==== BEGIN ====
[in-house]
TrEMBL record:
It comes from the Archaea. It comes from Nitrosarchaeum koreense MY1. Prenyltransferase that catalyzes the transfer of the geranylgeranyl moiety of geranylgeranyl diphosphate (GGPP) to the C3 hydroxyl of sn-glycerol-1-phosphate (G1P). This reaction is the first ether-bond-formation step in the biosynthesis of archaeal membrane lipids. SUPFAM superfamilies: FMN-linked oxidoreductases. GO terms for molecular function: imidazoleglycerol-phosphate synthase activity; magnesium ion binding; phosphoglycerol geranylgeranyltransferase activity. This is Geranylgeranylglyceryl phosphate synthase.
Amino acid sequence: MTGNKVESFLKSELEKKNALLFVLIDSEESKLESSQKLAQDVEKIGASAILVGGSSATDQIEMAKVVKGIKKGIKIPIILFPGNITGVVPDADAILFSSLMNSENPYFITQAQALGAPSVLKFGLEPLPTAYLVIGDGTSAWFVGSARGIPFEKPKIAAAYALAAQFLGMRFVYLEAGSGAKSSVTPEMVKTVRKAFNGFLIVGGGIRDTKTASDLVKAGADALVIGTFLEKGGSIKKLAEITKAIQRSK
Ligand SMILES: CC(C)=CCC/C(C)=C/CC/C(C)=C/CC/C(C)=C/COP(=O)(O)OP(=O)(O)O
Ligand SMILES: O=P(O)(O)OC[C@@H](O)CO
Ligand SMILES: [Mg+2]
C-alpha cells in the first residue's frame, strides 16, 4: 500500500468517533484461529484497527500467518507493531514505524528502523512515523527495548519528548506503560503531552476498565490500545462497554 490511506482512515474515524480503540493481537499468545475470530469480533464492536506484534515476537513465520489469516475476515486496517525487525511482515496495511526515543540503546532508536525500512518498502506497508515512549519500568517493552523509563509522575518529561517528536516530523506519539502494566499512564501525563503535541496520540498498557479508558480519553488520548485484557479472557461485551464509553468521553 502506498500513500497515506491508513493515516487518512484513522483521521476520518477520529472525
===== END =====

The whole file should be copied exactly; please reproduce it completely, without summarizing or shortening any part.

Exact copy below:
[in-house]
TrEMBL record:
It comes from the Archaea. It comes from Nitrosarchaeum koreense MY1. Prenyltransferase that catalyzes the transfer of the geranylgeranyl moiety of geranylgeranyl diphosphate (GGPP) to the C3 hydroxyl of sn-glycerol-1-phosphate (G1P). This reaction is the first ether-bond-formation step in the biosynthesis of archaeal membrane lipids. SUPFAM superfamilies: FMN-linked oxidoreductases. GO terms for molecular function: imidazoleglycerol-phosphate synthase activity; magnesium ion binding; phosphoglycerol geranylgeranyltransferase activity. This is Geranylgeranylglyceryl phosphate synthase.
Amino acid sequence: MTGNKVESFLKSELEKKNALLFVLIDSEESKLESSQKLAQDVEKIGASAILVGGSSATDQIEMAKVVKGIKKGIKIPIILFPGNITGVVPDADAILFSSLMNSENPYFITQAQALGAPSVLKFGLEPLPTAYLVIGDGTSAWFVGSARGIPFEKPKIAAAYALAAQFLGMRFVYLEAGSGAKSSVTPEMVKTVRKAFNGFLIVGGGIRDTKTASDLVKAGADALVIGTFLEKGGSIKKLAEITKAIQRSK
Ligand SMILES: CC(C)=CCC/C(C)=C/CC/C(C)=C/CC/C(C)=C/COP(=O)(O)OP(=O)(O)O
Ligand SMILES: O=P(O)(O)OC[C@@H](O)CO
Ligand SMILES: [Mg+2]
C-alpha cells in the first residue's frame, strides 16, 4: 500500500468517533484461529484497527500467518507493531514505524528502523512515523527495548519528548506503560503531552476498565490500545462497554 490511506482512515474515524480503540493481537499468545475470530469480533464492536506484534515476537513465520489469516475476515486496517525487525511482515496495511526515543540503546532508536525500512518498502506497508515512549519500568517493552523509563509522575518529561517528536516530523506519539502494566499512564501525563503535541496520540498498557479508558480519553488520548485484557479472557461485551464509553468521553 502506498500513500497515506491508513493515516487518512484513522483521521476520518477520529472525